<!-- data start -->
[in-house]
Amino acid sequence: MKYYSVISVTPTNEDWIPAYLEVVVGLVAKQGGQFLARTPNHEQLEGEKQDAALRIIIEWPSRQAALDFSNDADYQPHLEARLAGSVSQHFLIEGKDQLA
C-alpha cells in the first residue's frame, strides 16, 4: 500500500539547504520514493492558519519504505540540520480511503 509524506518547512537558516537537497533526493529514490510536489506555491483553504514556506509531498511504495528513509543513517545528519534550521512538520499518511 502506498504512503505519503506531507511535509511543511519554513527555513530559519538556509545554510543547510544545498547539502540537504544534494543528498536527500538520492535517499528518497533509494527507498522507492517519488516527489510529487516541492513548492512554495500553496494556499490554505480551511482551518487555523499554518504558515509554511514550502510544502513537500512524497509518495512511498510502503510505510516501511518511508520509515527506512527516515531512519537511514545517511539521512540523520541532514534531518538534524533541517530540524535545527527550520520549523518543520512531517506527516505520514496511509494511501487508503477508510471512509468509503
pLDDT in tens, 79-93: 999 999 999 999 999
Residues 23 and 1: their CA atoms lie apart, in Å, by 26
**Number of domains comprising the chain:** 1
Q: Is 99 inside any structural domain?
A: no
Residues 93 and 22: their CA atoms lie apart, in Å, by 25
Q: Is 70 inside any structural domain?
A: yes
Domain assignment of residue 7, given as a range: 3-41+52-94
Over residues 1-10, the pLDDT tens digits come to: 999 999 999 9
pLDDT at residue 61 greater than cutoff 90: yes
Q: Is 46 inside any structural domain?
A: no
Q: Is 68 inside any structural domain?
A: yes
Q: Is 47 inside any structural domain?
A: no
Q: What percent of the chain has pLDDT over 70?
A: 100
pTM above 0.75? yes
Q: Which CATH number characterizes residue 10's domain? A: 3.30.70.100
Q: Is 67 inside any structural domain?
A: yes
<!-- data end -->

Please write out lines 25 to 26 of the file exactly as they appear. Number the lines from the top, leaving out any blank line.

Q: Is 67 inside any structural domain?
A: yes